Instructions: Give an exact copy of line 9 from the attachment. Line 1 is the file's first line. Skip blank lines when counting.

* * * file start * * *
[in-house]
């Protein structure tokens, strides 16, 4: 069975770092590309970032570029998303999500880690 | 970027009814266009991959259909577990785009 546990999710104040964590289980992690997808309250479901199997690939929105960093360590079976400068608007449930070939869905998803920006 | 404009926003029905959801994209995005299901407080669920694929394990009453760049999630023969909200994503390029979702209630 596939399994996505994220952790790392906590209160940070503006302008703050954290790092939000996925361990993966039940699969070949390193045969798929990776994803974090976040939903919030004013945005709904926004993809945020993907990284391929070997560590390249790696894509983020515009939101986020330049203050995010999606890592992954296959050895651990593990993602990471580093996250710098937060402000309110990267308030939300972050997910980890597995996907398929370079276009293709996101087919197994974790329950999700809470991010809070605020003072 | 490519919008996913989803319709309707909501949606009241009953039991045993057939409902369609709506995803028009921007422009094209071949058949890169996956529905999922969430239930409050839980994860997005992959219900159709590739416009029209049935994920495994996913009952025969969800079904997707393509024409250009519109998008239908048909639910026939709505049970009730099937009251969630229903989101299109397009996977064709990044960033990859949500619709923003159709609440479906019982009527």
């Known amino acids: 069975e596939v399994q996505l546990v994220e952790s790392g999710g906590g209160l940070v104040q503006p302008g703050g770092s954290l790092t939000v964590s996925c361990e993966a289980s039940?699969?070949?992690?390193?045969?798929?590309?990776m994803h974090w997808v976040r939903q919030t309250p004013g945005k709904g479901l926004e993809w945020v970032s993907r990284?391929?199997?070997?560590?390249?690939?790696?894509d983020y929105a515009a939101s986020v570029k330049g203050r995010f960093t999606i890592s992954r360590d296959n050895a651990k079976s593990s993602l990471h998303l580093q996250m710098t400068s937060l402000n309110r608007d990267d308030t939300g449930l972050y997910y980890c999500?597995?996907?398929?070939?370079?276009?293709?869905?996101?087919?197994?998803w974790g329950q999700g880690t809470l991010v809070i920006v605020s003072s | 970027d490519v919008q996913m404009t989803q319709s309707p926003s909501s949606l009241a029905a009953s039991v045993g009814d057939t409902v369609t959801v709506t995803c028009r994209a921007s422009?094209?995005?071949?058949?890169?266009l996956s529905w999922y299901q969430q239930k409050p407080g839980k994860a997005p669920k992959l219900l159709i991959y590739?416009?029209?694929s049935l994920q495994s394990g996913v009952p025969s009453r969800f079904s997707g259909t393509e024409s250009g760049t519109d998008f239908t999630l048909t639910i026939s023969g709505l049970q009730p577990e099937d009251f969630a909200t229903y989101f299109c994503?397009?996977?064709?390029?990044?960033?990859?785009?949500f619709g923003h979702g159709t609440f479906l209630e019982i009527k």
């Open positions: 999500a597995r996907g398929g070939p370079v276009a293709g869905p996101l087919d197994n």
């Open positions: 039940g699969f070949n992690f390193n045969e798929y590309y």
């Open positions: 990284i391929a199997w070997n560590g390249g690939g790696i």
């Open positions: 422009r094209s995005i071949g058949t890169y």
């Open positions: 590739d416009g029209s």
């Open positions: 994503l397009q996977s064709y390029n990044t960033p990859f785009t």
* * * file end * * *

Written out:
């Open positions: 994503l397009q996977s064709y390029n990044t960033p990859f785009t």